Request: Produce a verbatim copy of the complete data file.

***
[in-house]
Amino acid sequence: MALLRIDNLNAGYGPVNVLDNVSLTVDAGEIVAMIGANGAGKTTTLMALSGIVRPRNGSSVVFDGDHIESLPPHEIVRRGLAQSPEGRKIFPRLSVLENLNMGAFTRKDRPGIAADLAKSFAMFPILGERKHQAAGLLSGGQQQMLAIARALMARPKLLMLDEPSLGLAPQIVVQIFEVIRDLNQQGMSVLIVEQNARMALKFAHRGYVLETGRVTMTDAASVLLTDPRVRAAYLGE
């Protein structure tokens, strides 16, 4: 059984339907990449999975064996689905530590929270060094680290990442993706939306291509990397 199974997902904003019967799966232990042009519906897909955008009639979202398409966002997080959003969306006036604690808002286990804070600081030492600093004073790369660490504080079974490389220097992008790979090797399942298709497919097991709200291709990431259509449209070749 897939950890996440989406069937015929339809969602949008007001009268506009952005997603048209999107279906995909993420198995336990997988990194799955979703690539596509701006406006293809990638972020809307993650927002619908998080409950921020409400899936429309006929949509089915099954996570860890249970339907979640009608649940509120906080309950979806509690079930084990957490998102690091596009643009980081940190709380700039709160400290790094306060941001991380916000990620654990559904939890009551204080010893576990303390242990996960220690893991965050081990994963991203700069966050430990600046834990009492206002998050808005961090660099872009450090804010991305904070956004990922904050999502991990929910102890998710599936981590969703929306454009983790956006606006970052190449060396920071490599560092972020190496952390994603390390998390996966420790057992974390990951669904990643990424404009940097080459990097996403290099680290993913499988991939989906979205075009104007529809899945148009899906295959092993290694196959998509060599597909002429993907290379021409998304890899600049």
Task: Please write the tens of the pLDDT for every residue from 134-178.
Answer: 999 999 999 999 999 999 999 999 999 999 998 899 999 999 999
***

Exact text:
[in-house]
Amino acid sequence: MALLRIDNLNAGYGPVNVLDNVSLTVDAGEIVAMIGANGAGKTTTLMALSGIVRPRNGSSVVFDGDHIESLPPHEIVRRGLAQSPEGRKIFPRLSVLENLNMGAFTRKDRPGIAADLAKSFAMFPILGERKHQAAGLLSGGQQQMLAIARALMARPKLLMLDEPSLGLAPQIVVQIFEVIRDLNQQGMSVLIVEQNARMALKFAHRGYVLETGRVTMTDAASVLLTDPRVRAAYLGE
């Protein structure tokens, strides 16, 4: 059984339907990449999975064996689905530590929270060094680290990442993706939306291509990397 199974997902904003019967799966232990042009519906897909955008009639979202398409966002997080959003969306006036604690808002286990804070600081030492600093004073790369660490504080079974490389220097992008790979090797399942298709497919097991709200291709990431259509449209070749 897939950890996440989406069937015929339809969602949008007001009268506009952005997603048209999107279906995909993420198995336990997988990194799955979703690539596509701006406006293809990638972020809307993650927002619908998080409950921020409400899936429309006929949509089915099954996570860890249970339907979640009608649940509120906080309950979806509690079930084990957490998102690091596009643009980081940190709380700039709160400290790094306060941001991380916000990620654990559904939890009551204080010893576990303390242990996960220690893991965050081990994963991203700069966050430990600046834990009492206002998050808005961090660099872009450090804010991305904070956004990922904050999502991990929910102890998710599936981590969703929306454009983790956006606006970052190449060396920071490599560092972020190496952390994603390390998390996966420790057992974390990951669904990643990424404009940097080459990097996403290099680290993913499988991939989906979205075009104007529809899945148009899906295959092993290694196959998509060599597909002429993907290379021409998304890899600049």
Task: Please write the tens of the pLDDT for every residue from 134-178.
Answer: 999 999 999 999 999 999 999 999 999 999 998 899 999 999 999